Implied Consent: Under Texas law, anyone arrested for DWI or BWI (Boating While Intoxicated) is deemed to have consented to taking a breath test. This is the reason a Defendant's drivers license can be suspended if he or she refuses to take the test. This is also the reason a blood sample can be taken from an unconscious person - they are deemed to have consented and, since they are unconscious, cannot refuse the test.

Indictment: This is the document, filed with the court, which sets out the charge against the Defendant. An indictment is usually used to charge a felony level offense.

Information: This is the document, filed with the court, which sets out the charge against the Defendant. An indictment is usually used to charge a misdemeanor level offense.

Incompetence: When a Defendant lacks sufficient ability to consult with his or her attorney with a reasonable degree of understanding, or lacks a rational or factual understanding of the proceedings against him or her, the Defendant may be found incompetent to stand trial. Unlike a finding that a Defendant is not guilty by reason of insanity, a finding of incompetence does not end the legal proceedings. Instead an incompetent Defendant will be committed to a mental health facility and, upon regaining competence, the charges against the Defendant may proceed.

Insanity: A person who commits a crime may be excused from responsibility for it if he or she was legally insane at the time the crime was committed. Generally, to be legally insane, a Defendant must suffer from a mental disease or defect so severe that he or she could not understand that the act they commit is wrong.

Intoxication: Under Texas law, there are three ways that a person may be "intoxicated" for purposes of a DWI charge. A person may be intoxicated if 1) his or her breath alcohol concentration is greater than or equal to 0.08, 2) they have lost the normal use of their physical faculties or, 3) they have lost the normal use of their mental faculties. Any one of the definitions is sufficient to support a finding of intoxication. This is the reason the State can prosecute a Defendant for DWI even if the Defendant took a breath test which was less than 0.08.

Miranda Warnings: When the police arrest a person, they are required to give that person the well-known Miranda Warnings before they can interrogate him or her. If the police interrogate someone without giving them the Miranda Warnings, any statement made by the person will be inadmissible at that person's trial. However, contrary to popular belief, the fact that the police fail to give them their Miranda Warnings does not make their arrest "illegal". The police are only required to give the Warnings if they plan to interrogate the arrested person.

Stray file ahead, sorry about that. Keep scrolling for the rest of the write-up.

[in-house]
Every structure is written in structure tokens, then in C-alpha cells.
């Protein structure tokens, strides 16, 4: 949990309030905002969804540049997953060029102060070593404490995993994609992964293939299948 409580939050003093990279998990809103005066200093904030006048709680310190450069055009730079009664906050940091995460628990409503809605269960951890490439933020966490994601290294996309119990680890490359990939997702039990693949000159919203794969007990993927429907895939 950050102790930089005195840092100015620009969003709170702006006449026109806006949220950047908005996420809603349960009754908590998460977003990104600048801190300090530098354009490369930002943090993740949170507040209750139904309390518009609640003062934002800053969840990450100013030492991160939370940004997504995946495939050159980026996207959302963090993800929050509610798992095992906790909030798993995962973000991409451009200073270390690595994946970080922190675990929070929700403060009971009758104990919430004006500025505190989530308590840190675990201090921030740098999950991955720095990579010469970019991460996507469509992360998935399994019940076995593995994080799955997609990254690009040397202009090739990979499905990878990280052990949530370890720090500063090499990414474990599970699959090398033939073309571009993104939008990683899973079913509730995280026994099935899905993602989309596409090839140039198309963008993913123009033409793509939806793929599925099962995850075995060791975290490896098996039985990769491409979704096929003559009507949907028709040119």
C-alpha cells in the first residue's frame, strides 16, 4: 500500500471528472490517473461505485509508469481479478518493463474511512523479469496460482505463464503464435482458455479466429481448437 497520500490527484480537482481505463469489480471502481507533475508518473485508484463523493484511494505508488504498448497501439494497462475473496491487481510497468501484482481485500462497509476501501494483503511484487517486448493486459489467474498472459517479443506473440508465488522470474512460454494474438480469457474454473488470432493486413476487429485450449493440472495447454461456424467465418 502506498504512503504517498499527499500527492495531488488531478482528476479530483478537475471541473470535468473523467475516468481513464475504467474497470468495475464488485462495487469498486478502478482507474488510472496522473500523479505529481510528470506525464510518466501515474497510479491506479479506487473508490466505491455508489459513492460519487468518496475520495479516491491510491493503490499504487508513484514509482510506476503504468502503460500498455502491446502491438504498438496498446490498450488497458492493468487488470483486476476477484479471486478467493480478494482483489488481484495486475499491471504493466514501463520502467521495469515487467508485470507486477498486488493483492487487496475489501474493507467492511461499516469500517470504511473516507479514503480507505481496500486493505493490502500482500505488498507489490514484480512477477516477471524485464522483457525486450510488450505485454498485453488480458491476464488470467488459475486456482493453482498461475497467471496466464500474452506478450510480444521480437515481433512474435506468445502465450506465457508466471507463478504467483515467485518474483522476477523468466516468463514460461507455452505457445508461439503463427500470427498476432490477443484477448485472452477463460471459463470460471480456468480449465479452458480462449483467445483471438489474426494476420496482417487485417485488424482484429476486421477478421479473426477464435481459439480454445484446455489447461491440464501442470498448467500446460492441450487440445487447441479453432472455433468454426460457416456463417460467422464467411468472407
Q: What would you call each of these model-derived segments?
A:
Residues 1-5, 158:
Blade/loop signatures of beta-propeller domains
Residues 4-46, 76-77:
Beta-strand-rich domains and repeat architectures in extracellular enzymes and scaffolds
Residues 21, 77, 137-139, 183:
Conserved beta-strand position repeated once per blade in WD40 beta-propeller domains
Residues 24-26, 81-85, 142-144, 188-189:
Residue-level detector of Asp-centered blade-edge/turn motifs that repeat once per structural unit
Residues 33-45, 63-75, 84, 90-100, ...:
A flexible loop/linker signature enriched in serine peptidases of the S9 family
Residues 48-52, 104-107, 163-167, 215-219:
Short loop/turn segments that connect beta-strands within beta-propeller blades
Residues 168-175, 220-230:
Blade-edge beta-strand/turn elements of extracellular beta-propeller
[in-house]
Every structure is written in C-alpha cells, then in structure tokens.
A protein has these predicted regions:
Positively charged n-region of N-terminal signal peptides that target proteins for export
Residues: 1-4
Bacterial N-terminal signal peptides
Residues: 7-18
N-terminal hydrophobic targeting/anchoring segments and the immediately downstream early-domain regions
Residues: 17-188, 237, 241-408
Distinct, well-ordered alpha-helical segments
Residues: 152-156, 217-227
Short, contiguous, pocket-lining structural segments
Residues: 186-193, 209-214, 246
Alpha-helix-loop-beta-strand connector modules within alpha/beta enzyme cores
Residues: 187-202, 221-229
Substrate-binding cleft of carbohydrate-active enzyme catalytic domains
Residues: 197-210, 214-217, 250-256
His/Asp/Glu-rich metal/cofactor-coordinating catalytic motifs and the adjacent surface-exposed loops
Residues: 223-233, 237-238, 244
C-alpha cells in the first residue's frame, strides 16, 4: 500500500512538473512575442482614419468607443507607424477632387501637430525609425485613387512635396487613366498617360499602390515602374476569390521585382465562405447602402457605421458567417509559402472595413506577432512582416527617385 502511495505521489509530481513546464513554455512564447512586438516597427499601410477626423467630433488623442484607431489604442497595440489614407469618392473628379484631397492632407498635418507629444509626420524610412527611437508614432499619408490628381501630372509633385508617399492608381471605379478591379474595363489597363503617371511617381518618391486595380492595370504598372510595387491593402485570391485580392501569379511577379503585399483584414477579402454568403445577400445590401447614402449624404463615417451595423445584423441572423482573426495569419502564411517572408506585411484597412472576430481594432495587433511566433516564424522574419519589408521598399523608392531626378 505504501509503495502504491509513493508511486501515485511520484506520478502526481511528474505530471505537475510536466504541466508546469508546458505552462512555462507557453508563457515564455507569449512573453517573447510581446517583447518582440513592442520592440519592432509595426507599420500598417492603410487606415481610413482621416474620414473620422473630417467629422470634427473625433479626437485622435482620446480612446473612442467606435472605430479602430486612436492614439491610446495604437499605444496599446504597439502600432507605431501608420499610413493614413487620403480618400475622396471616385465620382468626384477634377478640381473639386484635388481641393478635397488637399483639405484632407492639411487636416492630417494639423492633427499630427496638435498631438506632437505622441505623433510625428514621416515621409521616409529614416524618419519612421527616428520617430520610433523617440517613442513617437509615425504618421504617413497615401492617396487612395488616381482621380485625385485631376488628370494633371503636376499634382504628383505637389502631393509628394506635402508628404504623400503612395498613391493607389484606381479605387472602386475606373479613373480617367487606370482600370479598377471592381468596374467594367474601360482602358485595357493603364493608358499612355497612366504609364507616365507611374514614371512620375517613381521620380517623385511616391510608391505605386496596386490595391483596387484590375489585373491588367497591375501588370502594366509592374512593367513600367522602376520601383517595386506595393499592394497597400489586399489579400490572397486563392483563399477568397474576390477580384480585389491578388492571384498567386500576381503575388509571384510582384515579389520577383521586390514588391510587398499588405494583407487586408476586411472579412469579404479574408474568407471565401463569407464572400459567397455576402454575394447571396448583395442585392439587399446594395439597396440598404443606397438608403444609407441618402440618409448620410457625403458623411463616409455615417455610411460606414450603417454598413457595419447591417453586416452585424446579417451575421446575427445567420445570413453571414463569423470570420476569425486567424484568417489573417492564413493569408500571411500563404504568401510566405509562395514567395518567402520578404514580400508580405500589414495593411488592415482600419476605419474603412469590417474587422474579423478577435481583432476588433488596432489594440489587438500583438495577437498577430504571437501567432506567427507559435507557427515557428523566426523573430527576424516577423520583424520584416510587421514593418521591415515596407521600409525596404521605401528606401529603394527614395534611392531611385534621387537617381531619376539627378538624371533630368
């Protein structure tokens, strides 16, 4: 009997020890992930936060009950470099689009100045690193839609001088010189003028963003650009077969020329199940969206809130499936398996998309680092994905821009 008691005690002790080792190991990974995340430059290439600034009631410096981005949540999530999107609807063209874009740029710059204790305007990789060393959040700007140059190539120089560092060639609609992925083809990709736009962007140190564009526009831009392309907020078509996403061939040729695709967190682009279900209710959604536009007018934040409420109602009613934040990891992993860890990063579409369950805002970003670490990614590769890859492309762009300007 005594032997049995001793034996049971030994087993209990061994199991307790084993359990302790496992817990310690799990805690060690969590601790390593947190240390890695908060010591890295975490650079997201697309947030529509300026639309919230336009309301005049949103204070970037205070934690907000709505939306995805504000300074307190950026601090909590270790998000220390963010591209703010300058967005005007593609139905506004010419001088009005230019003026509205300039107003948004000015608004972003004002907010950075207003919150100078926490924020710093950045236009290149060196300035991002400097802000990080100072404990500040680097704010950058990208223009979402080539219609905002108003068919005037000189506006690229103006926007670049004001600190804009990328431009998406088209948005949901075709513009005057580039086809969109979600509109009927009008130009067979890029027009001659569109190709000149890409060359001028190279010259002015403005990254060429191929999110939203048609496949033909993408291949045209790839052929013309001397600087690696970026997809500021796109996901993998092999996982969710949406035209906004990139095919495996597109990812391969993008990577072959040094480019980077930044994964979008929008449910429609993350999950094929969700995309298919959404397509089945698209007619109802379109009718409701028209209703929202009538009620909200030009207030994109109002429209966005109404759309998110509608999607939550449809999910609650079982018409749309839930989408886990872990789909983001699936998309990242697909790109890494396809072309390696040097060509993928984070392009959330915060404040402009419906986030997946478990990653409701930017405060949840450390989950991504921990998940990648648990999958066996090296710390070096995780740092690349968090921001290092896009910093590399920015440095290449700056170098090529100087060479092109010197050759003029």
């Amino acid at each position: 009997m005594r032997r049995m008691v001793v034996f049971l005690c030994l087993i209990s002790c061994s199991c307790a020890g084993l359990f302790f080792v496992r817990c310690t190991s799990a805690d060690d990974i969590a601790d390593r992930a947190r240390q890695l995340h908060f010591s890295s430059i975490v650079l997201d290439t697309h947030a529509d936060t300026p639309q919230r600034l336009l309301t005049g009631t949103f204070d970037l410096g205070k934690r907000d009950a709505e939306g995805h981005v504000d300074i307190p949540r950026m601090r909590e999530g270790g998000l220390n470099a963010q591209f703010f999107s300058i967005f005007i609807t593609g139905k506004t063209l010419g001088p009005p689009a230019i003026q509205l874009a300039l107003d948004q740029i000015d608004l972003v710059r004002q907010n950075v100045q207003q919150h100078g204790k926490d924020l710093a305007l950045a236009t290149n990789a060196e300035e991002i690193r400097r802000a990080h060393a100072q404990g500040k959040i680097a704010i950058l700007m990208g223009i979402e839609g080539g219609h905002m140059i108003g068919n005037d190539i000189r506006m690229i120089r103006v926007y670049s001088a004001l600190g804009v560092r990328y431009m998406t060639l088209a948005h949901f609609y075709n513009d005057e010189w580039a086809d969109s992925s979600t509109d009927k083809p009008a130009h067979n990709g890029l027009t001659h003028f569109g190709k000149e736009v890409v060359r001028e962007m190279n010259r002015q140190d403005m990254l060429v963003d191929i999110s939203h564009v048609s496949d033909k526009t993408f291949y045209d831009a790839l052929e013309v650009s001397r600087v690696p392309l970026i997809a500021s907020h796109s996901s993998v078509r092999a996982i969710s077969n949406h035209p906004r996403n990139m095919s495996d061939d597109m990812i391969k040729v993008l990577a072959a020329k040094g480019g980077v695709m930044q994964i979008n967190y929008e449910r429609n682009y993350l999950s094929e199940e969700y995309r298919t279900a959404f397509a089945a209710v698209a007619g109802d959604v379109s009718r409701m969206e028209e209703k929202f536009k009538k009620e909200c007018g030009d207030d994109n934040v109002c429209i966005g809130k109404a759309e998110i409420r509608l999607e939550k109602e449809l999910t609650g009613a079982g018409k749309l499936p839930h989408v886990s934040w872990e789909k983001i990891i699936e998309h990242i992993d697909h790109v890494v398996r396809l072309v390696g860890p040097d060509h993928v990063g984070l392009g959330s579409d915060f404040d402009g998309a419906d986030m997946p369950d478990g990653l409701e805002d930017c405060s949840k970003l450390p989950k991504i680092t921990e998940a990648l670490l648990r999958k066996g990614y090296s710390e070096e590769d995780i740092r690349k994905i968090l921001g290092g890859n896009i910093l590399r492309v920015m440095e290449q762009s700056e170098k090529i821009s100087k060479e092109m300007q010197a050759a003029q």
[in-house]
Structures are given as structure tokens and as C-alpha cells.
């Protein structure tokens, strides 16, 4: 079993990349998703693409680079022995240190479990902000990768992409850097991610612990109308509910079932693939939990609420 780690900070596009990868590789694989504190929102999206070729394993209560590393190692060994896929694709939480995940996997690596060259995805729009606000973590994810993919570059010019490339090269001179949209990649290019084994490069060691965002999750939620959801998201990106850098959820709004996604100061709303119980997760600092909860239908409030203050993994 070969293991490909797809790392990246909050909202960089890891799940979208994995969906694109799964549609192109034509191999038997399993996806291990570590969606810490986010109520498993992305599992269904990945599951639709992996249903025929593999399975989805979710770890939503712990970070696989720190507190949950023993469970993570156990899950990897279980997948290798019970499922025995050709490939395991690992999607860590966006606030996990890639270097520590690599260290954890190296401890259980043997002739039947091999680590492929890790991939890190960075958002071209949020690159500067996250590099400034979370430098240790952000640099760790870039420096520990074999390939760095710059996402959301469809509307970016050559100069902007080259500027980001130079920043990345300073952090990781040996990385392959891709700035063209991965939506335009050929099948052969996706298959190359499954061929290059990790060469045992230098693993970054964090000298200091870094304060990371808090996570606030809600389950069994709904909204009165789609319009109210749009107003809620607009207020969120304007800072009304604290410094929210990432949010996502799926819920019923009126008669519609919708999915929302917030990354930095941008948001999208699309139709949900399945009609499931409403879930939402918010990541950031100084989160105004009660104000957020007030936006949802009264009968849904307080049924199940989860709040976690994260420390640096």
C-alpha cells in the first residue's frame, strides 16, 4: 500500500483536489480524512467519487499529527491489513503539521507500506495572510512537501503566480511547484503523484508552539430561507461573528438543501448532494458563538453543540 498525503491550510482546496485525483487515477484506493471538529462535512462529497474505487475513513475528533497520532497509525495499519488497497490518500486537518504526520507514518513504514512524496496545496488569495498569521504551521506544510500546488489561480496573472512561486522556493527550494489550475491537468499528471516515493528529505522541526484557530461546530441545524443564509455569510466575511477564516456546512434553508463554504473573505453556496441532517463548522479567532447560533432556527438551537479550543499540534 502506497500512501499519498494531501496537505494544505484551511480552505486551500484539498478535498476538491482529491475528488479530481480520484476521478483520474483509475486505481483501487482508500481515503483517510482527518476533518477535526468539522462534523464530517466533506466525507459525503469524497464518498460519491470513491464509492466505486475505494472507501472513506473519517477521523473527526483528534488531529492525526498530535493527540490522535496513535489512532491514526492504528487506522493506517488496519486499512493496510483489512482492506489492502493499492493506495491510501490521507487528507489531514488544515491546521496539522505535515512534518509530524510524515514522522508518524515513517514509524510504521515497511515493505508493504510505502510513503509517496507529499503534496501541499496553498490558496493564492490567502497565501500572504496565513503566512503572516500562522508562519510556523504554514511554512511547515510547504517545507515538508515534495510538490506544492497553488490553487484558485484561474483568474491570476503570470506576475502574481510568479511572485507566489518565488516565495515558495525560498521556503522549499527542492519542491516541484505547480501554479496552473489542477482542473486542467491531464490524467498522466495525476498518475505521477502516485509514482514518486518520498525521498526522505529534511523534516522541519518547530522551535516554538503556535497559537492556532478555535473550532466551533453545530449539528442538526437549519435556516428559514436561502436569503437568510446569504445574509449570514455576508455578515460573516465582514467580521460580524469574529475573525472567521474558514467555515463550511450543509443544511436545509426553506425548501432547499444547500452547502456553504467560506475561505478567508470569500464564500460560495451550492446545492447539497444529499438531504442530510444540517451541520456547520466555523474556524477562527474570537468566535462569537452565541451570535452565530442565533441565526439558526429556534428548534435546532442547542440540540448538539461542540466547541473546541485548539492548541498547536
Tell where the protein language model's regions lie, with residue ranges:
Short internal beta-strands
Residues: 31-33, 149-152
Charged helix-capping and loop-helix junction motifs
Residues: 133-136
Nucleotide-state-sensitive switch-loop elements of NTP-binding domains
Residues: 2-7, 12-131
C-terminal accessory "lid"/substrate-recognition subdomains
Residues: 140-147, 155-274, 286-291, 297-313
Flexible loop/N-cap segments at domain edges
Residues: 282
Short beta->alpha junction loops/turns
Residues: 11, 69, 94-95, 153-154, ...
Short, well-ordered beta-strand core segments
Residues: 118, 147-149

Nolo Contendere: This type of plea is usually referred to as a "No Contest" plea. In essence, it means that the Defendant is not admitting guilt but does not desire to fight the charge. A Defendant who pleads nolo contendere will still be found guilty by the Court. The advantage of the nonlo contendere plea is that it cannot be used against the Defendant in subsequent civil litigation. It should be noted that, in Collin County, the District Attorney's Office, generally refuses to make plea offers for anything other than "guilty" pleas.

Order of Non-Disclosure: This is a procedure whereby a Defendant who successfully completes a deferred adjudication can obtain a court order prohibiting, in most circumstances, criminal justice agencies from disclosing information relating to his or her charge. It is not, however, the complete legal eradication of the charge that an expunction is.

Second Degree Felony: Punishable by a fine from $0 up to $10,000 and penitentiary time of 2 to 20 years.

Self-Defense: This is the most commonly asserted defense in criminal trials in Texas. It is a defense to a charge, usually for assault, that the Defendant used force "when and to the degree he reasonably believes the force is immediately necessary to protect himself" against another's use or attempted use of force. Self-Defense does not apply if: 1) the Defendant is responding to words alone, 2) in response to an arrest or search by someone the Defendant knows is a police officer, even if the arrest or search is illegal, 3) where the Defendant consented to the use of force against him, for instance, in a football game or, 4) if the Defendant "provoked" the incident (in other words, goaded someone into attacking him so that he would be legally entitled to retaliate).

State Jail Felony: Punishable by a fine from $0 up to $10,000 and state jail time of 180 days up to 2 years.

Third Degree Felony: Punishable by a fine from $0 up to $10,000 and penitentiary time of 2 to 10 years.